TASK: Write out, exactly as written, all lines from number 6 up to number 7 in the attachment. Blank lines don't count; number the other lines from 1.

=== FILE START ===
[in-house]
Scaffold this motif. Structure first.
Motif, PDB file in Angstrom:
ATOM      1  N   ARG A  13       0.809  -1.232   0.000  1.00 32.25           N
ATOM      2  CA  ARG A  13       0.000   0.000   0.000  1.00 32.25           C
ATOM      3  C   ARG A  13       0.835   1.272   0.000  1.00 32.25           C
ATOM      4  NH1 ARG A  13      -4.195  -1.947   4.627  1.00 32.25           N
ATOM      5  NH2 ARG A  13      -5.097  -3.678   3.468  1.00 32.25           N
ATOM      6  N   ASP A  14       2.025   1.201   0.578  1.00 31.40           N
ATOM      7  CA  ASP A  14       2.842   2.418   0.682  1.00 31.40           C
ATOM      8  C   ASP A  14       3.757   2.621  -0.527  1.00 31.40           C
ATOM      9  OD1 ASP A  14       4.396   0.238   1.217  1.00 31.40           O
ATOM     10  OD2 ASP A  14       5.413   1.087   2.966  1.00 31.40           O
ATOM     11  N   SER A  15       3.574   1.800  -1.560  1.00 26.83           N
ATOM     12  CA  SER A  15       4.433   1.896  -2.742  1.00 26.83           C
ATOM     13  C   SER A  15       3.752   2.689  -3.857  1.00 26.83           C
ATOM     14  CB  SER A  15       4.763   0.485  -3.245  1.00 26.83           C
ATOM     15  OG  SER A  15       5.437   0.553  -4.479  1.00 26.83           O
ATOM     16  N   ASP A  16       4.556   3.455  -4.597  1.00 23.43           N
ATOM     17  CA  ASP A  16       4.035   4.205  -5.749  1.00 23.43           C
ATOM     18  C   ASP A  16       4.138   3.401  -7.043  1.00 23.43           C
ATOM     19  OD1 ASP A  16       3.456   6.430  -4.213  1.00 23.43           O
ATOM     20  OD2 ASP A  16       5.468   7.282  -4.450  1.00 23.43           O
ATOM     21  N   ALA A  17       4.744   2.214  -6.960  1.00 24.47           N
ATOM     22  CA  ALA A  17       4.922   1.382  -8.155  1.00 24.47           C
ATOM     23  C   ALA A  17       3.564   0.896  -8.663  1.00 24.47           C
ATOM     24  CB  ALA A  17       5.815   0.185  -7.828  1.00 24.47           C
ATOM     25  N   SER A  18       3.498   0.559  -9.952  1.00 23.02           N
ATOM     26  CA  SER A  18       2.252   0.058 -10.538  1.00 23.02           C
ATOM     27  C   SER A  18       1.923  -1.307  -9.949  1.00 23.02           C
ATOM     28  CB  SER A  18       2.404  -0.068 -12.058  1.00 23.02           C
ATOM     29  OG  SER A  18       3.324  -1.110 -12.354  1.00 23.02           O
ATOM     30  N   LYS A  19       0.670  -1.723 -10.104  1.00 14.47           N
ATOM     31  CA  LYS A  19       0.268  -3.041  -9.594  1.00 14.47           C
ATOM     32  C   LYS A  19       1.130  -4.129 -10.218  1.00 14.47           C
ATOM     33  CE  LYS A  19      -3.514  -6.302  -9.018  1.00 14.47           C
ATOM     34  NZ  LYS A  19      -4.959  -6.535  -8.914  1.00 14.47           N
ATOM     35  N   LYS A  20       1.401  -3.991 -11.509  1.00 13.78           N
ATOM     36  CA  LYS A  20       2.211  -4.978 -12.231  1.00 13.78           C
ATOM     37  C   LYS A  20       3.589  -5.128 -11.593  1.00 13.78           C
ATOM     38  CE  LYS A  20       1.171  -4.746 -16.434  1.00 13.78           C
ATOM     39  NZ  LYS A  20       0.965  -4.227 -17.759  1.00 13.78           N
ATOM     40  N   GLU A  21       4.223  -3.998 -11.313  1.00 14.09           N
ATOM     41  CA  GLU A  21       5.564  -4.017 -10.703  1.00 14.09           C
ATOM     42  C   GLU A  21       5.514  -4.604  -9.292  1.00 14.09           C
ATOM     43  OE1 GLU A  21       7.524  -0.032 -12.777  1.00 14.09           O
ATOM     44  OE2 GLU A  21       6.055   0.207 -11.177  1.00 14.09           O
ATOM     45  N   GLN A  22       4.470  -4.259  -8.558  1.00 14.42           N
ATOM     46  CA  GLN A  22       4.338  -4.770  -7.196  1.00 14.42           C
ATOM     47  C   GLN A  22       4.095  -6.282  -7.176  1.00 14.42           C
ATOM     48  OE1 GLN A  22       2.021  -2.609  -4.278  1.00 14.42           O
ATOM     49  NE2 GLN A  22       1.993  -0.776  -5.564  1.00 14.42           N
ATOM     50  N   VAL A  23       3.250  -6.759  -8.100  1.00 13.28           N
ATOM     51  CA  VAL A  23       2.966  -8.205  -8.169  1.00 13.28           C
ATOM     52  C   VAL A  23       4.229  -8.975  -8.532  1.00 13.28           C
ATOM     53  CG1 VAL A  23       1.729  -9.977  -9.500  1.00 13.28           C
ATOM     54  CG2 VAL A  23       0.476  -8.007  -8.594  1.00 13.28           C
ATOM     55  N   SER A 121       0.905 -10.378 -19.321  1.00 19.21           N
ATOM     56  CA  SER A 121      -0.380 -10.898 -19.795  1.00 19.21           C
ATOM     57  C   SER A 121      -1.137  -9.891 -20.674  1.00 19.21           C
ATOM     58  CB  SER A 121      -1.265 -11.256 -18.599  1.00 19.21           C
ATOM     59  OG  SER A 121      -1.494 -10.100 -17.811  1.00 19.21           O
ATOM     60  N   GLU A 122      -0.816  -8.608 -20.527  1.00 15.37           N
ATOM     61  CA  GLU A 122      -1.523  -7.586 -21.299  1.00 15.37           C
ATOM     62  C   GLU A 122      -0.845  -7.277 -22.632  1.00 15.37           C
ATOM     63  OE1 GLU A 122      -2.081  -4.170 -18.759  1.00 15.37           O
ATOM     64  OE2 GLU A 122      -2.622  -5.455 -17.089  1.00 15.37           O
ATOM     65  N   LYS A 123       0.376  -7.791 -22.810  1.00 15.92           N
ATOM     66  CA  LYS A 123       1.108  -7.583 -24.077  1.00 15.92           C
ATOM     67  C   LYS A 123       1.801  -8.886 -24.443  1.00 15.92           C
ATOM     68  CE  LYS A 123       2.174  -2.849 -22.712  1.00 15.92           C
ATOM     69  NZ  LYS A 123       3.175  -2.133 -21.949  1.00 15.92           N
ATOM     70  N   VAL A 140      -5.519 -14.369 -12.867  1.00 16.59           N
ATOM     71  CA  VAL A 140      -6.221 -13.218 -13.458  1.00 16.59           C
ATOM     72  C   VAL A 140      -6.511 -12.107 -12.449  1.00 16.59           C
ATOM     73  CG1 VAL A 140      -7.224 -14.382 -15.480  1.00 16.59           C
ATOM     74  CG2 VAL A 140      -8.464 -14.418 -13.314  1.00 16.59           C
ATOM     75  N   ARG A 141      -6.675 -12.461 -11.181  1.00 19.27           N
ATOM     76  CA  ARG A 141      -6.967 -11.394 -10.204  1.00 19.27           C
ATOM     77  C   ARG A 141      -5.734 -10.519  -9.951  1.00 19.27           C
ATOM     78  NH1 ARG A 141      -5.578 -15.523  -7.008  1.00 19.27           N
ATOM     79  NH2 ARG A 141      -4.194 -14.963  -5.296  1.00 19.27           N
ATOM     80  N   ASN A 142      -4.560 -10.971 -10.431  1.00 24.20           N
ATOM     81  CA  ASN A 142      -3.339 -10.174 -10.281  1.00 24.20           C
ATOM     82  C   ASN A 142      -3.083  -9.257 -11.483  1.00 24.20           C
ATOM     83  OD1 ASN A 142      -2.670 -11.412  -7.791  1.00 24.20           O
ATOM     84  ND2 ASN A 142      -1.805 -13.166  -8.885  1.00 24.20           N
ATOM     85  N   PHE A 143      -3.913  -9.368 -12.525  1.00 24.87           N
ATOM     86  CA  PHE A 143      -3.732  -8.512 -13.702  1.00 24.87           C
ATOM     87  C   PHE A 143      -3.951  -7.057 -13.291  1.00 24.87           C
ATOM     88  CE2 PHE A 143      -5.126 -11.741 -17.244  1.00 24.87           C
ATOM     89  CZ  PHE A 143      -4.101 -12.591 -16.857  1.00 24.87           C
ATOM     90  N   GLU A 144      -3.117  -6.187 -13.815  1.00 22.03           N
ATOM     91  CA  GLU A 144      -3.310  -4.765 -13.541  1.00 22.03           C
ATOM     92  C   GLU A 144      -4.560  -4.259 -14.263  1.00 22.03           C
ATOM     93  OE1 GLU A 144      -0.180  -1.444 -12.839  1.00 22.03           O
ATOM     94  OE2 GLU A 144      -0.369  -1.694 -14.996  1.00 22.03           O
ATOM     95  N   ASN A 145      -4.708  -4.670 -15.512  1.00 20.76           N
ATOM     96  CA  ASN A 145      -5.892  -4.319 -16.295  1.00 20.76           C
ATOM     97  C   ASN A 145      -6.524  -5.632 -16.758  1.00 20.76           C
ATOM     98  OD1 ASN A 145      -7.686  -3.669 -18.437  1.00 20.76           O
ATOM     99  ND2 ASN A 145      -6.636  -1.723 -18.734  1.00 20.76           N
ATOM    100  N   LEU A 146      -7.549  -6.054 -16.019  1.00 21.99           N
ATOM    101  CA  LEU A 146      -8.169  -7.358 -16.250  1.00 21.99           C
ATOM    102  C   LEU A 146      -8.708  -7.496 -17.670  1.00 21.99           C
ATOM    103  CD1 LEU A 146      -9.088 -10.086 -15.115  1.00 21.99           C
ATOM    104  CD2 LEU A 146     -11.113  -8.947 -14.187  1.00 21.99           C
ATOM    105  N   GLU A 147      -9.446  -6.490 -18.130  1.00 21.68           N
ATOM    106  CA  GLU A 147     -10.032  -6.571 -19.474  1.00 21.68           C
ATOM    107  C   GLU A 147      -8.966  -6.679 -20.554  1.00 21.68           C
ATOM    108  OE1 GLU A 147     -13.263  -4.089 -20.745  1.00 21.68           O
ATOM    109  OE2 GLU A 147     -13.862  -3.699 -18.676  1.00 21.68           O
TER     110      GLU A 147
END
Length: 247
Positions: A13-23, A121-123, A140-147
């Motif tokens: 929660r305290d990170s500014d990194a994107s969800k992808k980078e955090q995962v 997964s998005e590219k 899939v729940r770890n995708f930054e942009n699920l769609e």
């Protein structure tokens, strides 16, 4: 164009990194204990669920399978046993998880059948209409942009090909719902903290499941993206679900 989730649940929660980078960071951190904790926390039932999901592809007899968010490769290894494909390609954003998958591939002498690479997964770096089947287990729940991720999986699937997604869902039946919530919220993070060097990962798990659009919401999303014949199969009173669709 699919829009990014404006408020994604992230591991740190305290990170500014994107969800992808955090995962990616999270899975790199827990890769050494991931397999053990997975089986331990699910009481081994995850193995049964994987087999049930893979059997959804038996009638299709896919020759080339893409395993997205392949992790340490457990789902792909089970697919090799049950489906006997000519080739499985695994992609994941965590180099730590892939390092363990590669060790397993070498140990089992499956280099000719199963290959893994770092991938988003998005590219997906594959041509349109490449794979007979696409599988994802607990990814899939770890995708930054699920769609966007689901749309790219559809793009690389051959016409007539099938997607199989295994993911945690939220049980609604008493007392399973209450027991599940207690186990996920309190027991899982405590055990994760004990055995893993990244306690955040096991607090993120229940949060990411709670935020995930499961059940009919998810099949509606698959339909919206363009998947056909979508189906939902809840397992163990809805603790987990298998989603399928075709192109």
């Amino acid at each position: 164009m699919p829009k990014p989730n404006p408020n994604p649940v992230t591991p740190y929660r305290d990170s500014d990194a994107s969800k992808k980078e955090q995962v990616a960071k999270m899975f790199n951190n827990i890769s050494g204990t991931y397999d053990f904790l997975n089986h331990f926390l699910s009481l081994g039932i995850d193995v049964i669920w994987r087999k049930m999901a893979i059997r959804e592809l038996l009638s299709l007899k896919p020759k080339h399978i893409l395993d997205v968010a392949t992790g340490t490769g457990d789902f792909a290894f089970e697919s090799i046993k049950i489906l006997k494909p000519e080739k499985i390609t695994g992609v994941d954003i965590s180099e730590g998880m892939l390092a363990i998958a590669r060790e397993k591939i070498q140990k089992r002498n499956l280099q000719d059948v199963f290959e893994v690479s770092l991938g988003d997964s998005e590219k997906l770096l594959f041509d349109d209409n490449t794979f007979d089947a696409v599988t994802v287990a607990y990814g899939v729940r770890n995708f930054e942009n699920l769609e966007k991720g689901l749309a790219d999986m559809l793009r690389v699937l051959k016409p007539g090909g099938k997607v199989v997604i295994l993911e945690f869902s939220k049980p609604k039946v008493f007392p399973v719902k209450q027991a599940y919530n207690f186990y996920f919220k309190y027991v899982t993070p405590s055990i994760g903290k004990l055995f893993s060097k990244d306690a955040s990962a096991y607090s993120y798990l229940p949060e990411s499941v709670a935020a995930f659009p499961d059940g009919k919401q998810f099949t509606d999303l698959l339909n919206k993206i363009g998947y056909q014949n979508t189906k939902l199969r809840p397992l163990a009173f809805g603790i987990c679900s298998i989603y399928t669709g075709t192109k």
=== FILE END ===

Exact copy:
ATOM      3  C   ARG A  13       0.835   1.272   0.000  1.00 32.25           C
ATOM      4  NH1 ARG A  13      -4.195  -1.947   4.627  1.00 32.25           N